That said, it remains fairly early to write-off winter just yet, according to Tudor, Pickering, Holt & Co. (TPH). The analyst team said the $5 range should offer “decent downside support,” barring continued negative trends on the weather outlook.

Weather aside, the return of Cove Point LNG following maintenance and the anticipated return of Freeport (pending regulatory approval from the federal regulators) in November should be supportive for demand trends. Based on recent liquefied natural gas export trends, feed gas deliveries to U.S. terminals could hit 15 Bcf/d once all Lower 48 facilities are back and running. At the same time, power generation remains supportive on the back of significant weakness in hydro generation, in particular.

Looking ahead to the next EIA report, the TPH team said its preliminary modeling pointed toward a build of 67 Bcf, which is in line with the five-year average build of 66 Bcf.

Cash Dropping Like Dominoes

Not to be outdone by the futures strip, spot natural gas deliveries were put on the clearance rack Friday amid little in the way of heating or cooling demand, thanks to near-perfect autumn weather.

The lowest prices across the Lower 48 were in West Texas, where production growth in the Permian Basin has struggled to find a home amid the changing of the season and tight pipeline capacity.

Adding to the downside pressure on Friday was a notice from Kinder Morgan Inc. that it would be performing inspections and repairs at the Rankin, Devils River and Big Wells compressor stations along the Gulf Coast Express Pipeline (GCX). From Tuesday to Wednesday, GCX capacity is to be restricted to 1.325 Bcf/d and from Thursday to Friday, capacity is to fall further to 1,125 Bcf/d.

Double E pipeline also released a notice regarding this event, asking shippers to stay aware of any changes to contract demand during this maintenance. In the past, similar restrictions on GCX have had little-to-no impact on Double E deliveries. However, the net operational capacity during this event could be the lowest capacity compared to past events similar to this one.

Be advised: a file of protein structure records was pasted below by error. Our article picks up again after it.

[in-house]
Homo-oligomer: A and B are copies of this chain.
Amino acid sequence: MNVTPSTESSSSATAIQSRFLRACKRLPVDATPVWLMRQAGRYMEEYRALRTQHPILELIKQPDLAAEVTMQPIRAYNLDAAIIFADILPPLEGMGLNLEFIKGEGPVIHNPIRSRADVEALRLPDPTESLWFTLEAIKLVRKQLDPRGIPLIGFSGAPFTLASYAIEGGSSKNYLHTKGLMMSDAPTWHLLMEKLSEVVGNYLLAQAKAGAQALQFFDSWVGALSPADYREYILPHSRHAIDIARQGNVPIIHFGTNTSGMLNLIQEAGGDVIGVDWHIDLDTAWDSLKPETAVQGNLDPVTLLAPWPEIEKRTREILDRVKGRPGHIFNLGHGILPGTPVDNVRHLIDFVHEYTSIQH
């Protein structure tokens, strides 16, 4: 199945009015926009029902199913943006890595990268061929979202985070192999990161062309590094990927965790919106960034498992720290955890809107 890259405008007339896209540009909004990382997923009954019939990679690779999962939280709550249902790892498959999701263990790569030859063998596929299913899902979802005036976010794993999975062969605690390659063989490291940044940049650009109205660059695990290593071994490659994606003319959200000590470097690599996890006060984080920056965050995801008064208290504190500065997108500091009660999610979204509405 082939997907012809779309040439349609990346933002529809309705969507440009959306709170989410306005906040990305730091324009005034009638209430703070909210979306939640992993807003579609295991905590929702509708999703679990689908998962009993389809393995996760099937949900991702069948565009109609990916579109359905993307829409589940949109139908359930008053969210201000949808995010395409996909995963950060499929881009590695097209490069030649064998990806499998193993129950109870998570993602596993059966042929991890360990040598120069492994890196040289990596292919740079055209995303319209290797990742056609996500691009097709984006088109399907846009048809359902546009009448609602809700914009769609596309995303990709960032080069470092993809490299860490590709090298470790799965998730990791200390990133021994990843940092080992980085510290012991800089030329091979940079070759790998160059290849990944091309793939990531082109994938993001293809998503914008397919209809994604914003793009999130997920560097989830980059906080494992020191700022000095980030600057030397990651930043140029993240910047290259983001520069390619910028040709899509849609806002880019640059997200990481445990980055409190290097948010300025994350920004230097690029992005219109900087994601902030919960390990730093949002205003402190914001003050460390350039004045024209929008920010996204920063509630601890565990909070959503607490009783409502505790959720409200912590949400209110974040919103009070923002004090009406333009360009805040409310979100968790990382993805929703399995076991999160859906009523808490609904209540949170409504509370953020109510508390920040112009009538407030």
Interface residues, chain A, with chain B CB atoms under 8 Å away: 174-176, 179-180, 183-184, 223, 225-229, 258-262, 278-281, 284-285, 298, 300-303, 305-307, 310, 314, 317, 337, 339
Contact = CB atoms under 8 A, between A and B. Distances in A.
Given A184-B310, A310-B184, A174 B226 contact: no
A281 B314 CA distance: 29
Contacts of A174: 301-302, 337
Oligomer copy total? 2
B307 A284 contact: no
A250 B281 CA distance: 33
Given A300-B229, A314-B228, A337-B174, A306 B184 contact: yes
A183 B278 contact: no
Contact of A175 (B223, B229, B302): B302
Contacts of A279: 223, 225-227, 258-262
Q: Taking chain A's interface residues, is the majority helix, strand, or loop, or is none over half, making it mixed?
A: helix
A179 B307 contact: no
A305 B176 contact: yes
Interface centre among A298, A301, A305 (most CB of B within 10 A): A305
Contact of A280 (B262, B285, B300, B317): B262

“So, while the impact on Double E’s deliveries to GCX is unknown, this fact signals possible risks to these Double E volumes,” Wood Mackenzie analyst Quinn Schulz said.

Prices appeared to take into account the upcoming pipeline work. Waha spot gas prices fell $1.095 day/day to average $2.865, while El Paso Permian shed $1.130 to average $2.840.

For comparison, other locations across Texas averaged in the $3-4 range for gas delivery through Monday.

With late-season heat finally giving way to cooler weather on the West Coast, buyers took a hatchet to cash prices there. The SoCal Border Avg. plummeted $1.525 day/day to average $3.745, while El Paso S. Mainline/N. Baja dropped a steeper $2.250 to $3.455.

Price discounts of up to $1.00 or so were common throughout the country’s midsection and across the Southeast. On the East Coast, $1.00-plus losses were the norm as a warm-up that resembles September weather patterns.

“It will be quite a turnaround in parts of the Northeast as well considering that some locations received their first accumulating snow of the season earlier this week,” AccuWeather meteorologist Ryan Adamson said.

AccuWeather said temperatures north of 70 degrees in both New York City and Boston are expected by Wednesday. Seasonal averages for late October are near 60.

Tenn Zone 6 200L cash fell $1.030 to average $3.685 for the three-day gas period, while Transco Zone 6 NY dropped $1.095 to $3.305.

Meanwhile, Texas Eastern Transmission (Tetco) issued a force majeure Thursday citing an unplanned outage later this month on its Line 73 Valve Section (VS) 2 requiring a section of pipe to be isolated. Tetco is isolating VS2 locations between the Colerain and Salineville compressor stations in Jefferson and Columbiana, OH, from Oct. 28 to Nov. 13.

Nexus Gas Transmission subsequently declared a force majeure resulting from the VS2 isolation, which includes receipts onto the system via leased capacity on Tetco. Starting Gas Day Oct. 28, VS2 isolation would reduce operational capacity to zero through the Salineville compressor station except supply sourced from Nexus meter N4201, north of the isolation.

“This could cut around 847,000 MMBtu/d flows onto Nexus through Nov. 13, based on Friday’s timely cycle nominations through Salineville (877,000 MMBtu/d) minus receipts at meter N4201 (29,557 MMBtu/d),” Wood Mackenzie analyst Amanda Fairfax said.